Ask pretty much everyone who reacts badly to gluten and they’ll probably be able to tell you a gastrointestinal horror story about a time they were accidentally ‘glutened’.
Its happened to us all, and it is really shitty (in every possible sense of the word).
Just a quick FYI: My intentions with this blog are to help people who eat vegan & gluten-free. This is not diet, health or nutrition advice. Go and see a qualified medical professional for that sh*t, take care of yourself, & see my full liability policy here.
Luckily for us, retailers and manufacturers have a legal responsibility to label ingredients and dishes containing gluten.
In the UK at least, gluten is recognised as one of the 14 major allergens and must, therefore, be clearly labelled and highlighted in ingredients lists – they’re usually in bold, ALL-CAPS or underlined.
It’s not completely fool-proof, but watching out for gluten on labels (in shops) and on allergen sheets (in restaurants) should help you to avoid most gluten disasters.
What is gluten?
Gluten is a protein found in cereal grains, like wheat.
It makes up about 75-85% of the protein component of wheat, essentially providing the structure and elasticity of doughs used for things like bread, cakes, pasta, and really anything else made with wheat flour.
Why do people avoid gluten?
Unfortunately for people with coeliac’s disease, NCGS (non-coeliac gluten sensitivity) or gluten and wheat allergies, gluten can make us ill.
I’m not advocating for people to take up a gluten-free lifestyle, I just advocate eating in a way that feels good for you.
This isn’t diet advice, or health advice, or nutrition advice – go and see a qualified medical professional for that sh*t.
This is cooking & lifestyle advice. My aim for this blog is to help people who are struggling to eat and live gluten-free and plant-based and still eat tasty food.
Its the way I eat because it feels better for my body: when I eat gluten I get stomach cramps, bloating and headaches, so I choose to avoid it.
What does eating gluten-free mean?
Eating gluten-free means avoiding any products or foods that contain gluten. To be precise, foods containing less than 20ppm (parts per million) of gluten can be labelled gluten-free.
This includes the obvious: most regular bread, pasta, cakes and biscuits are made with wheat flour.
It also includes some less-obvious suspects. Often, something that seems like it ought to be gluten-free will contain small amounts of gluten.
For people just starting to eat gluten-free, the thought of reading packaging can be overwhelming. Even if you’re used to reading for non-vegan ingredients, the two are very different concerns.
While veganism is (generally) followed for moral, ethical or broad health concerns, a gluten-free diet is (generally) followed due to a specific health or medical reason – even people who go vegan for health reasons won’t (generally) become ill from accidentally eating a small about of animal product, whereas even a minuscule amount of gluten can make someone with coeliac’s, allergies or NCGS quite ill.
What to look for on labels when eating gluten-free
A really simple thing to look out for on labels is the crossed grain symbol – the symbol licenced by Coeliac UK to companies for use on products that meet specific gluten-free standards.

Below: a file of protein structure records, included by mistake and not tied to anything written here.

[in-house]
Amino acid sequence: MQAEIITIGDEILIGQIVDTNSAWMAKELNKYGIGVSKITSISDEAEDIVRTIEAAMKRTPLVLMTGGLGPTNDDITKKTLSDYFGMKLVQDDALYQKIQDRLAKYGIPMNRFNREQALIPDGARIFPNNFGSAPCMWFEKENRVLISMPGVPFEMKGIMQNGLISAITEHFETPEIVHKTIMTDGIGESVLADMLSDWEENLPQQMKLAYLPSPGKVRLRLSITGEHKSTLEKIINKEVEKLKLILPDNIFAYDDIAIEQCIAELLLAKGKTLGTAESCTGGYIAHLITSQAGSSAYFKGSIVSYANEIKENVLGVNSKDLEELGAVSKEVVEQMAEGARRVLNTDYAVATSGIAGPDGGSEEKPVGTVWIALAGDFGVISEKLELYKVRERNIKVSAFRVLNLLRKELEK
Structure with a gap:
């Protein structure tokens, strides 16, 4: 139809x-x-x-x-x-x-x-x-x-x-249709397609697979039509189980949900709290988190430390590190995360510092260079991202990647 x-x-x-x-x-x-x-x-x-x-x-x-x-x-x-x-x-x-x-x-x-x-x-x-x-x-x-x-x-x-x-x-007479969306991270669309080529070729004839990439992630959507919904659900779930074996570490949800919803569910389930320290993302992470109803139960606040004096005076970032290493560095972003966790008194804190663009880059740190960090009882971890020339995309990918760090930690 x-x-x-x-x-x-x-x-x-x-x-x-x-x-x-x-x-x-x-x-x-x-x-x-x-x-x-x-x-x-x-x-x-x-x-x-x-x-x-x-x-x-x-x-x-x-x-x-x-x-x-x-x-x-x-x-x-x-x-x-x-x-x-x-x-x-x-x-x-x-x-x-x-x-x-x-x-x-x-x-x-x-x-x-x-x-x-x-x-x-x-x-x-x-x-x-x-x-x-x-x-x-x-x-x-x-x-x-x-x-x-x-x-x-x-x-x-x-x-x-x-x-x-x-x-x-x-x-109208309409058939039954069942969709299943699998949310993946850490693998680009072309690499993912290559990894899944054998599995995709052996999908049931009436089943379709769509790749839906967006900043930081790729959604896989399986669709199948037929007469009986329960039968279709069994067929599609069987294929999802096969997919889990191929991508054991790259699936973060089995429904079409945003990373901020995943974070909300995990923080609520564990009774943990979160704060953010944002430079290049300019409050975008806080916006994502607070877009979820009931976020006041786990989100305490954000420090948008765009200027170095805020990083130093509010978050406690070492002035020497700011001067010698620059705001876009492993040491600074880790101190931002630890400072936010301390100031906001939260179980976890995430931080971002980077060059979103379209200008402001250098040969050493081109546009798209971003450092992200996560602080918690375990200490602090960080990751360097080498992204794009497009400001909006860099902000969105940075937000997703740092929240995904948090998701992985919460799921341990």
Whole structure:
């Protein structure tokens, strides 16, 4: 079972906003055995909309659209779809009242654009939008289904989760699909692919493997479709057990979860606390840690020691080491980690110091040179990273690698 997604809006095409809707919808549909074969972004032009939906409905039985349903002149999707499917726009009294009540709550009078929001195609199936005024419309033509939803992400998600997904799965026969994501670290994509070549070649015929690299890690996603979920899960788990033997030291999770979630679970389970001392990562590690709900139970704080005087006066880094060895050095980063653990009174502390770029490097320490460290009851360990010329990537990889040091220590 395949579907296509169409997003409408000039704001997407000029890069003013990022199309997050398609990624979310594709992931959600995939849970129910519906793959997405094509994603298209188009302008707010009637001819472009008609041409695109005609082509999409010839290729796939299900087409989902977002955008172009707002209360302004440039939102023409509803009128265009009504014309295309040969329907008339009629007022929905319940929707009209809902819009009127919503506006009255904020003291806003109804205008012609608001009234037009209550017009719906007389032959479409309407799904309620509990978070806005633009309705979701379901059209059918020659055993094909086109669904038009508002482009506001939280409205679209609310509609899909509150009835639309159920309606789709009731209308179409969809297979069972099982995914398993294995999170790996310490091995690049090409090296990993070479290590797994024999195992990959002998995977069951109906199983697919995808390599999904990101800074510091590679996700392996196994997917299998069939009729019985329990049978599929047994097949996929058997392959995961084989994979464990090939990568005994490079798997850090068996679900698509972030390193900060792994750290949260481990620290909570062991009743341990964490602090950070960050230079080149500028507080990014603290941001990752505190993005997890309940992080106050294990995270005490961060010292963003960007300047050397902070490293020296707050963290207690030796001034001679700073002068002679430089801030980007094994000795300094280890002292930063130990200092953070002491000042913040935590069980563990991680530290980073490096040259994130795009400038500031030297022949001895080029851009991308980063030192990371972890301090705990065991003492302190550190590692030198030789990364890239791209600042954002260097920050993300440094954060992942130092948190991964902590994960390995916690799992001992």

Though gluten is most commonly associated with wheat, there are other sources of gluten that you need to look out for.
Other cereals containing gluten include:
- Brewer’s Yeast
- Cracked wheat
- Khorasan or Kamut
- Wheat bran
- Wheat germ
- Wheat starch
This list was compiled both from my own knowledge and also with the help of some other resources which you might find useful, including Coeliac.org.uk, DrPerlmutter.com, Healthline.com and Celiac.org.
*Oats: There is some conflicting and confusing information about oats out there, but the official guidelines from Coeliac UK state that:
Most people with coeliac disease can eat gluten-free oats.
Many standard oats are produced in the same place as wheat, barley and rye, which makes them unsafe due to cross contamination.
A very small number of people are still sensitive to uncontaminated oats.
For anyone who cannot eat oats, they can often be substituted in recipes for naturally gluten-free grains and pseudo-grains, like rice, quinoa or buckwheat.
Gluten, particularly in the form of wheat flour, is such an affordable and ubiquitous part of our food culture that it can be hard to keep track of everything that could contain it.
Other foods to look out for that you wouldn’t necessarily think you contain gluten (at first glance), include:
- Soy Sauce (a staple in Southeast Asian cuisines, though you can get gluten-free soy sauce)
- Anything described as ‘breaded’ or ‘crunchy’ is often coated in breadcrumbs, batter or wheat flour before frying (explanation)
- You need to be wary of any deep-fried foods. Even if the actual dish doesn’t contain gluten, if it is cooked in a commercial fryer with foods that do contain gluten it will likely be heavily contaminated.
- Soups, dressings and sauces are often thickened with wheat flour
- Prepared ‘loose’ foods that come in packages (like pre-grated cheeses or frozen potato chips, for example) are often dusted with wheat flour to prevent clumping
- Spice mixes are sometimes bulked out or mixed with wheat flour
- Unfortunately for anyone following a plant-based lifestyle too, lots of vegan meat replacements contain – Seitan, in particular, is usually made from Vital Wheat Gluten
If you have coeliac’s or a serious allergy or intolerance, always double check the ingredients list, ask for an allergens sheet (on restaurants) and let people know that gluten could make you ill – and always have an emergency snack on-hand.